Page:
Years of promised reforms to leasehold homeownership have yet to materialise, but a series of reports by the Law Commission highlighted how the government might give leaseholders more control over their homes.
What does leasehold mean?
If your property is leasehold, you only have the right to occupy it for a given period. You are effectively a long-term tenant of the freeholder who owns the property outright. This can make it difficult for you to make amendments to your property. Some leaseholds contain restrictive clauses forbidding you from keeping a pet at the address for example.
The Law Commission estimates, that there are 4.3 million leasehold properties in England currently.
What are the proposed reforms?
The Law Commission proposes that the government make it easier and cheaper for leasehold property owners to extend their leases, to buy the freehold, or to take control of the management of the buildings in which they live.
Part of the government’s approach is to stop developers from selling new properties as leasehold in the first place whether this be through an outright ban or offering builders incentives is unclear.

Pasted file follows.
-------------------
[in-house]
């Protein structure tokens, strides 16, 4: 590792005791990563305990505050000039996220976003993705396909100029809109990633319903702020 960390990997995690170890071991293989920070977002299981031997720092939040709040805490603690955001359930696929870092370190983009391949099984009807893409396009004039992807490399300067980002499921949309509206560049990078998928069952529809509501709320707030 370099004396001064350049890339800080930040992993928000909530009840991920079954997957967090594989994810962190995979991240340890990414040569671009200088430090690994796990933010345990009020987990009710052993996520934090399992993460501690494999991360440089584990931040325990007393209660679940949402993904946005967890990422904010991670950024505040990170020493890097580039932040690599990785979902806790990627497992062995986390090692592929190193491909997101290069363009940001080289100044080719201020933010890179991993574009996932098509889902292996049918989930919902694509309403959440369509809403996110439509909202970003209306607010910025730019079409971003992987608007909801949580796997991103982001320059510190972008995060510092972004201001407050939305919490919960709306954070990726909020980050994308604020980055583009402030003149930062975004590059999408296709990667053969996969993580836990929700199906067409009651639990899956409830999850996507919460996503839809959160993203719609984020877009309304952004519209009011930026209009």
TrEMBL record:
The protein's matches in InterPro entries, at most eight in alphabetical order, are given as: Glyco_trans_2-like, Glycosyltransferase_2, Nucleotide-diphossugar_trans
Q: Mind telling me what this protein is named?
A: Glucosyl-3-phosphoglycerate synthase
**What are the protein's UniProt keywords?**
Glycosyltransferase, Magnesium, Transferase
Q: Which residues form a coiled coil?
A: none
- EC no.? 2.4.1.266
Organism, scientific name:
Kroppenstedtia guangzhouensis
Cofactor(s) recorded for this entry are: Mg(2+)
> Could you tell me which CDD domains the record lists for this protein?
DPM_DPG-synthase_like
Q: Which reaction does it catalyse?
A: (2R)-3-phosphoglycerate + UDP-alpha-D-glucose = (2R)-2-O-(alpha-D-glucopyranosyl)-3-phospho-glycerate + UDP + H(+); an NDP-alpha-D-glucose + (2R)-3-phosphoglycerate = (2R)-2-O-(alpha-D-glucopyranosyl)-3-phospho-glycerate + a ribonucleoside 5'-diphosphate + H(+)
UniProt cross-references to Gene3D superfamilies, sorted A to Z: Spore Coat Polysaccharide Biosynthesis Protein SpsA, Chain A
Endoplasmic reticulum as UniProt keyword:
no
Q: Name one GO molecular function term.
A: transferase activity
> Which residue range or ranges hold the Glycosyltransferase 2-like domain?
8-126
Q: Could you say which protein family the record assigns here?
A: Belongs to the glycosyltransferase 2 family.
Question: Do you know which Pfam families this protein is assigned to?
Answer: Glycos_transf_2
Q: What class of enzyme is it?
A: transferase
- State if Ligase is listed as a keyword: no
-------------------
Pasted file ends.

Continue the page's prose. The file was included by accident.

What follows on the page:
Move to commonhold
One alternative form of homeownership is commonhold. In a commonhold property, a management company deals with shared areas, common holders do not pay ground rent, and have more freedom to alter their properties if they choose.
Despite being around since 2002, The Commission notes that developers have failed to adopt commonhold as an alternative to leasehold. It believes housing developers have resisted a move to build common hold properties as, not only is there is no income beyond the initial sale of the new build, but it is often not suited for more complex developments.
In its report, the Law Commission recommends amending commonhold law to allow for specific kinds of development and to make it easier for existing leaseholders to convert to commonhold.
The Commission also recommended simplifying the process of buying a lease in order to convert a property to freehold, of making lease extensions last longer, and for eliminating the need to pay ground rent.
Currently, leaseholders cannot takeover the management of a block or buy the freehold if more than 25% of the block is commercial property. The Commission recommends upping this to 50% of the block.
Taking over management or ownership of their property would give leaseholders more control of services, repairs, maintenance, improvements and insurance, and the costs associated with property ownership.
It is clear that the current system needs reform, hopefully the government will adopt some or all of The Commission’s proposals and leaseholders will gain more rights over the property in which they live.